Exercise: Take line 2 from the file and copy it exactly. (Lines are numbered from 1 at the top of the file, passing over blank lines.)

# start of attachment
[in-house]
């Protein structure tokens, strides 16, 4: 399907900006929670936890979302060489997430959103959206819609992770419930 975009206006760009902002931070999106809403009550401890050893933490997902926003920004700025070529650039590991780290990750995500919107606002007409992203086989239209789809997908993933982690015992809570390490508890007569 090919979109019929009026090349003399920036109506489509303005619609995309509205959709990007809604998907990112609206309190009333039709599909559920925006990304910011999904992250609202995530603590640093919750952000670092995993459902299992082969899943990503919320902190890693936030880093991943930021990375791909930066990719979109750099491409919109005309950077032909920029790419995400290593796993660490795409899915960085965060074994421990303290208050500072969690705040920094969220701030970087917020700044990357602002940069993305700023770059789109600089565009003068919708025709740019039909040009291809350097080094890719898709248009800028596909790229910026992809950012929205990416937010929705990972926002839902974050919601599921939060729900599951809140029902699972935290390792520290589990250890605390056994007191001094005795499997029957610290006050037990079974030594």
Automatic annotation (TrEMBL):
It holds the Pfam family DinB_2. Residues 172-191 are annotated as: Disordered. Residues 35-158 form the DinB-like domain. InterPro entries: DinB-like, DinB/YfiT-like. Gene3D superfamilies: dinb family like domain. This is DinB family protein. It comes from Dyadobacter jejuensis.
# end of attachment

């Protein structure tokens, strides 16, 4: 399907900006929670936890979302060489997430959103959206819609992770419930 975009206006760009902002931070999106809403009550401890050893933490997902926003920004700025070529650039590991780290990750995500919107606002007409992203086989239209789809997908993933982690015992809570390490508890007569 090919979109019929009026090349003399920036109506489509303005619609995309509205959709990007809604998907990112609206309190009333039709599909559920925006990304910011999904992250609202995530603590640093919750952000670092995993459902299992082969899943990503919320902190890693936030880093991943930021990375791909930066990719979109750099491409919109005309950077032909920029790419995400290593796993660490795409899915960085965060074994421990303290208050500072969690705040920094969220701030970087917020700044990357602002940069993305700023770059789109600089565009003068919708025709740019039909040009291809350097080094890719898709248009800028596909790229910026992809950012929205990416937010929705990972926002839902974050919601599921939060729900599951809140029902699972935290390792520290589990250890605390056994007191001094005795499997029957610290006050037990079974030594």